The second part, consisting of the next four stanzas, offers his mother’s consoling vision to the child. The mother tries to release his pain and agony by telling him that our earthly existence is mere probation which prepares us for our next life in heaven. His mother teaches him that God gives his light to everyone on this earth. The rays of the sun give equal joy to all flowers, trees, animals and men. God sends human beings on the earth so that they love one another. We should learn to give and take love from one another. She reassures him that our body is a mere fleeting cloud, the function of which is to absorb the beams of God’s love. These blackbodies are like clouds and shady groves. These ‘cloud’ and ‘shady grove’ of the body are mere filters filtering God’s brilliance and luminosity. She tries to instil in her son a feeling of pride and self-worth by telling him that his black body is better adapted than the English boy’s white body to bearing God’s love.

The third part, consisting of the last two stanzas, presents the heightened awareness of the black child. On being reassured by his mother, the black boy passes on his mother’s message to the white boy. The negro boy fondly hopes that he and the English boy, once released from black and white bodies, will play together in heaven. He feels that he will be able to make the English child love him in heaven not by playing with him and shielding him from God’s heat or luminosity, but by serving him and also by being like him the English child could not possibly love a coloured boy! The little black boy feels a subtle sense of inferiority even in heaven.

Explain with reference to the Context:

Stanza 1

My mother …………………………. Bereaved of light

Reference to Context:-

These lines quoted above have been taken from the poem ‘The Little Black Boy’ written by William Blake, a romantic poet. His poems are simple but they express deep thoughts and philosophy. Here in this poem, Blake gives the idea that all of us are equal. A Negro boy is the speaker of the poem and he says that he is black as he was born in Africa. English is white because he was born in England. But the Negro boy tries to convince himself that despite his black body, he is blessed with white soul by God. God give his mercy to all equally, whether he is a Negro or a white boy.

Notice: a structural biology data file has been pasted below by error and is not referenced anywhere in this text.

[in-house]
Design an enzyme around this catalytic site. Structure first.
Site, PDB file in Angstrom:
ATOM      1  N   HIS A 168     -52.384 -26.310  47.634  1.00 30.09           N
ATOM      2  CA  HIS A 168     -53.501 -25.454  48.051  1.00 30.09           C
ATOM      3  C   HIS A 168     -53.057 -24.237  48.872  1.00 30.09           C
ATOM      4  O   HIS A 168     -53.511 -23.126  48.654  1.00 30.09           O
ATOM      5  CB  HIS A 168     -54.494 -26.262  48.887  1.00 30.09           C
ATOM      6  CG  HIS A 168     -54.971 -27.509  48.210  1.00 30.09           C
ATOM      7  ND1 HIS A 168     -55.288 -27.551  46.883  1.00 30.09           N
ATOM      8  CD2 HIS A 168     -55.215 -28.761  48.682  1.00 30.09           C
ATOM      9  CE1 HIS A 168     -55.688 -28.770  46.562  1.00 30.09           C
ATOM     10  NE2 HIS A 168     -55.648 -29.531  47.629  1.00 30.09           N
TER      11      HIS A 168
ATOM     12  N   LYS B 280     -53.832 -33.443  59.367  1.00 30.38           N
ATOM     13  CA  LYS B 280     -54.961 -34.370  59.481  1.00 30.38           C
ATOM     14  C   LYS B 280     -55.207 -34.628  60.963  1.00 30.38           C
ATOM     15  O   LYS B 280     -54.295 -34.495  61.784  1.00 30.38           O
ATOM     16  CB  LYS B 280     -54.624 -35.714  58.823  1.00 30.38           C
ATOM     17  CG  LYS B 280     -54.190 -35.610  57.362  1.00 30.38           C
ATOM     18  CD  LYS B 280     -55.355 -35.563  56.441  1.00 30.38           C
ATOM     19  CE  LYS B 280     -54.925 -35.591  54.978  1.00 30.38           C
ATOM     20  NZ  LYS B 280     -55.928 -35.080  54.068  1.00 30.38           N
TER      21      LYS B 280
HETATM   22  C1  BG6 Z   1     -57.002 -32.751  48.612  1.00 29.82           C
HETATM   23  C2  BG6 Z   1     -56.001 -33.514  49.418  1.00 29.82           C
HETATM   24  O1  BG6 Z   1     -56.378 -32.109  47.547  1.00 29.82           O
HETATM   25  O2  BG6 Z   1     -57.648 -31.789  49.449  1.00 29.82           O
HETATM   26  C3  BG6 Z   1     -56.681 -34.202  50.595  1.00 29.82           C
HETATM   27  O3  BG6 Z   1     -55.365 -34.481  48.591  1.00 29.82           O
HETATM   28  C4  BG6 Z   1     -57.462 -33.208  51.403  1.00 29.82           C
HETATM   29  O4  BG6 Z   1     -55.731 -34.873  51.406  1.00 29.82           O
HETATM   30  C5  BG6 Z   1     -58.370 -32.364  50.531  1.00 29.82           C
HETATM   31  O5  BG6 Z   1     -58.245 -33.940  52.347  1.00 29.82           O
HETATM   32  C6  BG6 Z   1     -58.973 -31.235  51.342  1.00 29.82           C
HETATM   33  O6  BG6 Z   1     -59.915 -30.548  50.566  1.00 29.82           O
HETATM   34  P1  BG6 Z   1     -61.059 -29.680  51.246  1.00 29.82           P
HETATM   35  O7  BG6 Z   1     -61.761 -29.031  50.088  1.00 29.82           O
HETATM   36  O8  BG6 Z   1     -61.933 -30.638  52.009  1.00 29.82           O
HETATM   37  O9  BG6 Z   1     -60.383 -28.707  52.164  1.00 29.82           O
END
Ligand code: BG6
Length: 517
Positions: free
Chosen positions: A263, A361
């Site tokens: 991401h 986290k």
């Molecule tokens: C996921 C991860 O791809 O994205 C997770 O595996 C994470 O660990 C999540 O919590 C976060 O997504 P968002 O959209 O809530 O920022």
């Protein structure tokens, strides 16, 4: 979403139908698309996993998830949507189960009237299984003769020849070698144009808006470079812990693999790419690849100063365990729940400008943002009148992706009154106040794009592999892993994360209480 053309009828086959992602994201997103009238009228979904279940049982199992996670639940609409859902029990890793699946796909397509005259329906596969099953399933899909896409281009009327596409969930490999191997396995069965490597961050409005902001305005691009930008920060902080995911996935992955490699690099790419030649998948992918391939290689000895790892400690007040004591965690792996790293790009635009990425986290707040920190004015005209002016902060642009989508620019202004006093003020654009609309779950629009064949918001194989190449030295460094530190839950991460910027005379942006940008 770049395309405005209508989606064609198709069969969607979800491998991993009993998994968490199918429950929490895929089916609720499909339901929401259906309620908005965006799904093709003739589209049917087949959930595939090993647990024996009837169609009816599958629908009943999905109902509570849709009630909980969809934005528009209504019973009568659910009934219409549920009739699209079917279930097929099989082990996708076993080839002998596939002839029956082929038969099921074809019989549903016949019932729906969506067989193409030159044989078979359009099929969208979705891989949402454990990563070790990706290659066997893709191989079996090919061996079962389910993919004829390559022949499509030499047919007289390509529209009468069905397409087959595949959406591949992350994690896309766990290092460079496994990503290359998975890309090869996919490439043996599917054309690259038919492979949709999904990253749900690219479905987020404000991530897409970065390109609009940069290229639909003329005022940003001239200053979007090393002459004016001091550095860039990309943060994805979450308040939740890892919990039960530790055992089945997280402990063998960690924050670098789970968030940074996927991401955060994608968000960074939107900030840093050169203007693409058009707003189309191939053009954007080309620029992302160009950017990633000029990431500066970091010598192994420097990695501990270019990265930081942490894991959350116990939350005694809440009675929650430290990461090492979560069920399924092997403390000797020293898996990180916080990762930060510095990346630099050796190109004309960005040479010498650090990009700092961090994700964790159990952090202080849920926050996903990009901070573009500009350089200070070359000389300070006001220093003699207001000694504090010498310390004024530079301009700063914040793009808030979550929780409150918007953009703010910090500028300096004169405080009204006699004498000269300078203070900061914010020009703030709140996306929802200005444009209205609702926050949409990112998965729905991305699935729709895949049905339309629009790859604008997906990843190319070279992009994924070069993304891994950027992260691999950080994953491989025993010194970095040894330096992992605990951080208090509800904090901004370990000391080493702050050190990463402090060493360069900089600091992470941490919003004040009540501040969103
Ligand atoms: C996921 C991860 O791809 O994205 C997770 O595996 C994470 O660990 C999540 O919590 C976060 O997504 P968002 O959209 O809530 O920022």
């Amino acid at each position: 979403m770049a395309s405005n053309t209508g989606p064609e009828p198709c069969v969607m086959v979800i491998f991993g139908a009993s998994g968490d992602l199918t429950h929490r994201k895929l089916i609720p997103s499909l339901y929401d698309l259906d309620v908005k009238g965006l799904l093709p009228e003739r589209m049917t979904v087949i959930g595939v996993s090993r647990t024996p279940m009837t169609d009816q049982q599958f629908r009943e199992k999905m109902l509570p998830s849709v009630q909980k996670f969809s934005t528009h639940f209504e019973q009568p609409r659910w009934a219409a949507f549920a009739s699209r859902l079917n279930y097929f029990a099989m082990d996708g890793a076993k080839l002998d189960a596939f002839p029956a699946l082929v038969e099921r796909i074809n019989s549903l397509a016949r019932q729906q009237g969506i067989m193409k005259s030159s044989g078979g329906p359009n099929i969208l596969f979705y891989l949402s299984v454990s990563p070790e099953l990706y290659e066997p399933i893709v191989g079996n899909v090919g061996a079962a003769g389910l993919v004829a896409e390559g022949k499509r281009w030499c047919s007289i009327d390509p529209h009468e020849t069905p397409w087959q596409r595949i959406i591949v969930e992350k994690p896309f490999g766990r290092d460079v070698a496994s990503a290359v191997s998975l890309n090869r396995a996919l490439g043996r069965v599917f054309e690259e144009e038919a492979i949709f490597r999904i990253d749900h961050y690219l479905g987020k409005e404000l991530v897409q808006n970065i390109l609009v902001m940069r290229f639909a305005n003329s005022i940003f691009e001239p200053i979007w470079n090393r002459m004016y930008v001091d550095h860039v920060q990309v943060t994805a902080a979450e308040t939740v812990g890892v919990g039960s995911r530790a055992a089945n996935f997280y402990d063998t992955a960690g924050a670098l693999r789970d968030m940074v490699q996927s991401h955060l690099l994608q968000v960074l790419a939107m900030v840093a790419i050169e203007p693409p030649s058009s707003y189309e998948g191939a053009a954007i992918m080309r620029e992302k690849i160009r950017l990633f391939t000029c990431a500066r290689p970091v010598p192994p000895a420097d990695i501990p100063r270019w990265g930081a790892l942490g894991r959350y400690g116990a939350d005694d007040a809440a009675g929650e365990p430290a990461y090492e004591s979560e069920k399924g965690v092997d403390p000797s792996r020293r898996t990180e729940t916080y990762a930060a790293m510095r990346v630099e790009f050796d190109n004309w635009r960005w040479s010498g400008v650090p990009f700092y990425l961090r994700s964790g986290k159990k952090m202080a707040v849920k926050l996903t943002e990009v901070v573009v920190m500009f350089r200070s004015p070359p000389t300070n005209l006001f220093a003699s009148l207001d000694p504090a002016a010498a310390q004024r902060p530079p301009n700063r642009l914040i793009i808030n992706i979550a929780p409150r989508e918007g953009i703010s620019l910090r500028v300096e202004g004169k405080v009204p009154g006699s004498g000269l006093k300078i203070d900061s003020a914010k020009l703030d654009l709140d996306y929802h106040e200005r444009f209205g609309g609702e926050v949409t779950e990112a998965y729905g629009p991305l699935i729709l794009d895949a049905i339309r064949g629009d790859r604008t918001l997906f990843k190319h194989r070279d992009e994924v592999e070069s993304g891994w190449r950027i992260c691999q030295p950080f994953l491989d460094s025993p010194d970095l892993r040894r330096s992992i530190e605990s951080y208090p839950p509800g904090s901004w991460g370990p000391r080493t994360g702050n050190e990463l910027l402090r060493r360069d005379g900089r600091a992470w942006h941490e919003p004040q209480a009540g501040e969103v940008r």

Explanation:-

The speaker of these lines is a Negro boy. He says that he was born in Africa so, he is black-skinned. The black boy is feeling a kind of self-hatred. He is conscious of his blackness. But he consoles himself and says that his soul is white like others. He compares himself with the English boy. The white boy shines like an angel. The Negro boy laments the denial of the whiteness of him by God. He feels that God has ignored him by depriving him of light or whiteness.

Stanza 2

My mother taught …………………………. in the noonday.

Reference to Context:-

These lines quoted above have been taken from the poem ‘The Little Black Boy’ written by William Blake, a romantic poet. His poems are simple but they express deep thoughts and philosophy. Here in this poem, Blake gives the idea that all of us are equal. A Negro boy is the speaker of the poem and he says that he is black as he is born in Africa. English is white because he was born in England. But the Negro boy tries to convince himself that despite his black body, he is blessed with white soul by God. God give his mercy to all equally, whether he is a Negro or a white boy.

Explanation:-

In these lines, the Negro boy says that his mother offers a consoling vision to him. The black boy’s mother taught him under a tree. She tries to lessen his pain and agony by telling him that our earthly existence is mere probation which prepares us for our next life in heaven. She took the boy in her lap and kissed him. Then she pointed towards the East and calmed him down. She asked him to look towards the rising sun. She said that God lived in that place. God is kind and great. He gives his light and heat to everyone equally in this world. All the things of world-flowers, trees, animals and men receive God’s kindness and comforts. They get comfort in the morning and joy n the afternoon.

Stanza 3

“And we are …………………………… lambs rejoice

Reference to Context:-

These lines quoted above have been taken from the poem ‘The Little Black Boy’ written by William Blake, a romantic poet. His poems are simple but they express deep thoughts and philosophy. Here in this poem, Blake gives the idea that all of us are equal. A Negro boy is the speaker of the poem and he says that he is black as he was born in Africa. An English is white because he is born in England. But the Negro boy tries to convince himself that despite his black body, he is blessed with white soul by God. God give his mercy to all equally, whether he is a Negro or a white boy.